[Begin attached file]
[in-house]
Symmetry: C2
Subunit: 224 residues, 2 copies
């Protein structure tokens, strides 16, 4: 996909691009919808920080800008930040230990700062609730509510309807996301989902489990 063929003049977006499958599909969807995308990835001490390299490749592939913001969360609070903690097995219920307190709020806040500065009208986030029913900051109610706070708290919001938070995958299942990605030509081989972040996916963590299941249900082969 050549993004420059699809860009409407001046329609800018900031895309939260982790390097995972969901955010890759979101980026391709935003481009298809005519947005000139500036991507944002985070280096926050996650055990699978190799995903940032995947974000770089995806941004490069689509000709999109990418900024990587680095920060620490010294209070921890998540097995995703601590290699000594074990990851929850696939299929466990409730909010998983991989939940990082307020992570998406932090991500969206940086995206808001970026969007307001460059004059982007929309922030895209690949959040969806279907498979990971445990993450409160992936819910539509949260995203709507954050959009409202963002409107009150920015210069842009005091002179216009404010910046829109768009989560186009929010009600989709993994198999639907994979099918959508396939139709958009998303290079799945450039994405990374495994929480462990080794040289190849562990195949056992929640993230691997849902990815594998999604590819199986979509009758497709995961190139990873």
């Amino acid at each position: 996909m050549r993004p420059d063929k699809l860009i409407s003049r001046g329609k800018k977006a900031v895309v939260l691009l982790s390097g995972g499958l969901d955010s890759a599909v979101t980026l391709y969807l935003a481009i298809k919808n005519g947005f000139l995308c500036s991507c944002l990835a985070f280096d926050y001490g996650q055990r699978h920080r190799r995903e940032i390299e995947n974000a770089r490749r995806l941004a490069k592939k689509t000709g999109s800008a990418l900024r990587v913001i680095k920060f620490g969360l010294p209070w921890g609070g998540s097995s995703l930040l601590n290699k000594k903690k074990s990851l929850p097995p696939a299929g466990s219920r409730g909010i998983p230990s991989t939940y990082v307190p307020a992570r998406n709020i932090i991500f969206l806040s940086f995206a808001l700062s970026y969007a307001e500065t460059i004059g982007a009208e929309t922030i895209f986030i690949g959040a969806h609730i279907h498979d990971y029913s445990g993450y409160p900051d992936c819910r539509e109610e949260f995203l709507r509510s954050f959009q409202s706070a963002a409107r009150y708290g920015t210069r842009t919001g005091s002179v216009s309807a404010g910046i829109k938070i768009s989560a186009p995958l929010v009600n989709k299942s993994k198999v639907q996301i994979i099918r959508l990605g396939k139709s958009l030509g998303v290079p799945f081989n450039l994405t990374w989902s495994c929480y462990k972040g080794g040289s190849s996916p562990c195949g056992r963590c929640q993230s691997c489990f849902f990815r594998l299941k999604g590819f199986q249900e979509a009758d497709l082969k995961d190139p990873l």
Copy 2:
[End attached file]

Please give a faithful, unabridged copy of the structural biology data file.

[in-house]
Symmetry: C2
Subunit: 224 residues, 2 copies
């Protein structure tokens, strides 16, 4: 996909691009919808920080800008930040230990700062609730509510309807996301989902489990 063929003049977006499958599909969807995308990835001490390299490749592939913001969360609070903690097995219920307190709020806040500065009208986030029913900051109610706070708290919001938070995958299942990605030509081989972040996916963590299941249900082969 050549993004420059699809860009409407001046329609800018900031895309939260982790390097995972969901955010890759979101980026391709935003481009298809005519947005000139500036991507944002985070280096926050996650055990699978190799995903940032995947974000770089995806941004490069689509000709999109990418900024990587680095920060620490010294209070921890998540097995995703601590290699000594074990990851929850696939299929466990409730909010998983991989939940990082307020992570998406932090991500969206940086995206808001970026969007307001460059004059982007929309922030895209690949959040969806279907498979990971445990993450409160992936819910539509949260995203709507954050959009409202963002409107009150920015210069842009005091002179216009404010910046829109768009989560186009929010009600989709993994198999639907994979099918959508396939139709958009998303290079799945450039994405990374495994929480462990080794040289190849562990195949056992929640993230691997849902990815594998999604590819199986979509009758497709995961190139990873």
């Amino acid at each position: 996909m050549r993004p420059d063929k699809l860009i409407s003049r001046g329609k800018k977006a900031v895309v939260l691009l982790s390097g995972g499958l969901d955010s890759a599909v979101t980026l391709y969807l935003a481009i298809k919808n005519g947005f000139l995308c500036s991507c944002l990835a985070f280096d926050y001490g996650q055990r699978h920080r190799r995903e940032i390299e995947n974000a770089r490749r995806l941004a490069k592939k689509t000709g999109s800008a990418l900024r990587v913001i680095k920060f620490g969360l010294p209070w921890g609070g998540s097995s995703l930040l601590n290699k000594k903690k074990s990851l929850p097995p696939a299929g466990s219920r409730g909010i998983p230990s991989t939940y990082v307190p307020a992570r998406n709020i932090i991500f969206l806040s940086f995206a808001l700062s970026y969007a307001e500065t460059i004059g982007a009208e929309t922030i895209f986030i690949g959040a969806h609730i279907h498979d990971y029913s445990g993450y409160p900051d992936c819910r539509e109610e949260f995203l709507r509510s954050f959009q409202s706070a963002a409107r009150y708290g920015t210069r842009t919001g005091s002179v216009s309807a404010g910046i829109k938070i768009s989560a186009p995958l929010v009600n989709k299942s993994k198999v639907q996301i994979i099918r959508l990605g396939k139709s958009l030509g998303v290079p799945f081989n450039l994405t990374w989902s495994c929480y462990k972040g080794g040289s190849s996916p562990c195949g056992r963590c929640q993230s691997c489990f849902f990815r594998l299941k999604g590819f199986q249900e979509a009758d497709l082969k995961d190139p990873l």
Copy 2: